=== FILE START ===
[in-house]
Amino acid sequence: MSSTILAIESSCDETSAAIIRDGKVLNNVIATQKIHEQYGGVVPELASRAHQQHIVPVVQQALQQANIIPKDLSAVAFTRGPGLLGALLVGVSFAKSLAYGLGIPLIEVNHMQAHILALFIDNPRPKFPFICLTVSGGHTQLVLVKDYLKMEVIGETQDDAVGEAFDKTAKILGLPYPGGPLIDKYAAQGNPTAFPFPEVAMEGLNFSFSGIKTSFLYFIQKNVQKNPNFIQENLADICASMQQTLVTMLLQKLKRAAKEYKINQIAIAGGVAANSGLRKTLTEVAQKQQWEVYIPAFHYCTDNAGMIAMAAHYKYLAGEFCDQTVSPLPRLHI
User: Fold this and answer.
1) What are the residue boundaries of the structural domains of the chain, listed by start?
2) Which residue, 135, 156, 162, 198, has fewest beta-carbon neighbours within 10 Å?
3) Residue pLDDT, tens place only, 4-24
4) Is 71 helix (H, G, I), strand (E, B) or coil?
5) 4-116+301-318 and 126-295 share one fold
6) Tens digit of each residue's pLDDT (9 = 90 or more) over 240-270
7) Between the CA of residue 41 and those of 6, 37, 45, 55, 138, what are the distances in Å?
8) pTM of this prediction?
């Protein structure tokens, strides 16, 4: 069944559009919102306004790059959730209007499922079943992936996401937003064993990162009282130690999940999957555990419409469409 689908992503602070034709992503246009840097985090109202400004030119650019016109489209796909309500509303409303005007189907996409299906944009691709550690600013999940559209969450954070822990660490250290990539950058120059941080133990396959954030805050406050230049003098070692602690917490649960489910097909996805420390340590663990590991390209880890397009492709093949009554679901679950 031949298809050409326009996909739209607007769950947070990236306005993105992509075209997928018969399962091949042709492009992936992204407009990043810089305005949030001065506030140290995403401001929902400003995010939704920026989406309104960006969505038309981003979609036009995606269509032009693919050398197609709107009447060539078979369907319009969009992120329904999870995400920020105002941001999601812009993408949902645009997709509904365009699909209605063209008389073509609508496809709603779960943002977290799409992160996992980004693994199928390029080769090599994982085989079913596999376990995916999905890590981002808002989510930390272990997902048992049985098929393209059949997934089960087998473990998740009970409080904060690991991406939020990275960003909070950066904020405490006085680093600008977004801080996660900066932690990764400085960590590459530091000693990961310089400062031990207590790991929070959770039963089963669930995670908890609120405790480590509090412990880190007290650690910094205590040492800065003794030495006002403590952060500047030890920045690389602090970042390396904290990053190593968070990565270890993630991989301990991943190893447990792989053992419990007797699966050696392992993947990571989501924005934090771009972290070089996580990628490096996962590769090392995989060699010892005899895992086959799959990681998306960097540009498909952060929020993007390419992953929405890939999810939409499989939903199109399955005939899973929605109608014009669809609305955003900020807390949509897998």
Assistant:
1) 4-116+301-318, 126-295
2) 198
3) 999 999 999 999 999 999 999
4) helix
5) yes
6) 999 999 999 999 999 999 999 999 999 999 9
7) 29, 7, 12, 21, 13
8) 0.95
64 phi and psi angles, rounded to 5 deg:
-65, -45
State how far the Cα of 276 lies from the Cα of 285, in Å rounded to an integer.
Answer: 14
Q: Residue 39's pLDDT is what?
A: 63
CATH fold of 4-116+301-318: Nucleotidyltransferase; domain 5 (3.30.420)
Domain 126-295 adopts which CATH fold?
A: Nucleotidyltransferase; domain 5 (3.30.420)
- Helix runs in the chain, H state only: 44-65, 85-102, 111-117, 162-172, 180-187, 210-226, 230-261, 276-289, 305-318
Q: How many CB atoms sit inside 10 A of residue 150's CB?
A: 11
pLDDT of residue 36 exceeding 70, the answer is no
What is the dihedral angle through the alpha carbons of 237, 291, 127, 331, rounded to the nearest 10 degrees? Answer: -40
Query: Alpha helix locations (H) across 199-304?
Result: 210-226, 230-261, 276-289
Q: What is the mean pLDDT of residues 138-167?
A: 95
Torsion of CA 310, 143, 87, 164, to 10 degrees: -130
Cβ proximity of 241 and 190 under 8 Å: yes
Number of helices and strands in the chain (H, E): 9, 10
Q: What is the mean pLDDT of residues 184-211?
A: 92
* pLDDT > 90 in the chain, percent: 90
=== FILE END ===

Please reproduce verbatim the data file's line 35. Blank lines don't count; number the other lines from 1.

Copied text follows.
What is the dihedral angle through the alpha carbons of 237, 291, 127, 331, rounded to the nearest 10 degrees? Answer: -40